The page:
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NRT: The Greens on transport

Written By: - Date published: 4:24 pm, August 7th, 2014 - 41 comments
Categories: election 2014, greens, public transport, sustainability, transport - Tags:

no-right-turn-256Reposted from No Right Turn.

The Greens announced their transport policy today: a massive re-prioritization from roads to public transport:

The Green Party’s policy would prioritise getting people out of their vehicles and onto public transport by building better networks, increasing the amount of services and making it more affordable.

The party pledged to invest $10.4 billion in public transport projects and rail throughout the country over the next decade, promising more trains and buses at peak hours and decongesting the country’s roads.

It would focus on implementing the Congestion Free Network plan in Auckland by 2020 through seven key projects costing $2.2 billion.

There’s more details here. Auckland features heavily, as you’d expect – they’re our biggest city with our biggest transport problems. But they’ll be talking about Wellington and Christchurch in coming weeks, and the latter in particular has scope to reshape its public transport network in the wake of the earthquake.

There’s a strong element of planning for the future here: peak oil and climate change mean the days of cheap cars (and therefore of massive motorways) are numbered. But it also reflects the changes we’re seeing now. Road usage is already dropping, while Aucklanders are crying out for a better rail system so they can escape gridlock. The Greens will address these problems, and shift our transport infrastructure to deal with our needs. National, OTOH, simply seems to want to build more roads for its trucking-industry cronies.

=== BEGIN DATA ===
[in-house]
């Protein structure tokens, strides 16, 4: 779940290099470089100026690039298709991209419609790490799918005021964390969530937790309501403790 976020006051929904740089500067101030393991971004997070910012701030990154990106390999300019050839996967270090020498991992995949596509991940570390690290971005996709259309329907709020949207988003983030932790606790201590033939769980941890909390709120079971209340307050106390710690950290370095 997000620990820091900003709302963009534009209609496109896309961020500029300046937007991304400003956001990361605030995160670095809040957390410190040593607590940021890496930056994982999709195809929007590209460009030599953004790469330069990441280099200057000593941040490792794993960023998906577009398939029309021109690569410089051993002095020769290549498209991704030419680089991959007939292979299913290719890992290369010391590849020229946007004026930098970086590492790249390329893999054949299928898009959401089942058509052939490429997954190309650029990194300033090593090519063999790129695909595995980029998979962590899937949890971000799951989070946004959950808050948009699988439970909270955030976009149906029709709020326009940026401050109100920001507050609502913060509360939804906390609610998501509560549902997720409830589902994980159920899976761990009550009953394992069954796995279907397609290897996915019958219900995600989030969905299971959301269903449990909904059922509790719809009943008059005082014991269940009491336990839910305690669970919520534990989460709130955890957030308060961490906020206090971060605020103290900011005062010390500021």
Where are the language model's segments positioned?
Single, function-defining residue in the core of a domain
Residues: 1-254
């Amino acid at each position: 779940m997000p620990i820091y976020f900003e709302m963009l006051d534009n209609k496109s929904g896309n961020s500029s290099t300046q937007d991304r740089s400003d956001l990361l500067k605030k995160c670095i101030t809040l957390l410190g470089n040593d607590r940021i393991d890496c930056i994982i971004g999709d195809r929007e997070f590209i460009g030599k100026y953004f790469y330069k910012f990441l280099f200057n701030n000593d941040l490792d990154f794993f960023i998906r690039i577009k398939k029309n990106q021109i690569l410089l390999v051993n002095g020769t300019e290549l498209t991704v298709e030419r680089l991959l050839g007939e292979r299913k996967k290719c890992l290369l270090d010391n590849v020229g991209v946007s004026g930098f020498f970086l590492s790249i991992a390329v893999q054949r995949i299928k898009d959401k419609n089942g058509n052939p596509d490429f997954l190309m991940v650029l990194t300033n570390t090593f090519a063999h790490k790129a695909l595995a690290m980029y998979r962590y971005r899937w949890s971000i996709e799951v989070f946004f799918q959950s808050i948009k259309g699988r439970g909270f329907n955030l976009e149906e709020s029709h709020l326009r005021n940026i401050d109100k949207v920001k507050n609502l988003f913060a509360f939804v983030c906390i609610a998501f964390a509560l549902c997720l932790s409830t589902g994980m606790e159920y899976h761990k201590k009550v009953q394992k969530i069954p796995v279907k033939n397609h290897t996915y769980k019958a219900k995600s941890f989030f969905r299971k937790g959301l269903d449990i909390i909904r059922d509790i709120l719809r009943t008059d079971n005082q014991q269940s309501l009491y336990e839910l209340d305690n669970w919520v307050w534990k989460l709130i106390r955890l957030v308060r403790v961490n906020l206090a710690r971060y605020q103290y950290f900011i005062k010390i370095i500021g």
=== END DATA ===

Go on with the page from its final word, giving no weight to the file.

See also: Labour’s Transport links

41 comments on “NRT: The Greens on transport ”

  1. hoom 1

    <- Totally for this.

  2. ianmac 2

    A great plan. NZers salute you for your vision and committment.

  3. outofbed 3

    if only it got media coverage

  4. millsy 4

    And what about letting councils own and run bus services then?

    And how about those out in the provinces?

    • karol 4.1

      The Green Party Press Release mentions the “provinces”:

      A 300% increase in walking and cycling infrastructure including separated walking and cycling infrastructure in New Zealand’s small towns and big cities.

      A $423 million increase in funding to regions to contest for projects that will best serve their transport needs.

      […]
      “The regions will be the biggest beneficiaries from our funding switch from motorways.

      “Transport is the life-blood of the regions but they have been starved of funding under National. We will bump up Regional Transport funding so regions can contest for projects that will best serve their transport needs, whether road, rail or port projects.

      “We will reverse the neglect of our rail network, the transport backbone of New Zealand.

      • Chooky 4.1.1

        +100 …great policy from the Greens!…especially“We will reverse the neglect of our rail network, the transport backbone of New Zealand”.

        ..there are so many rural rail networks that once operated but are now not used for public transport..hence the overcrowded roads in a time when fuels are becoming increasingly expensive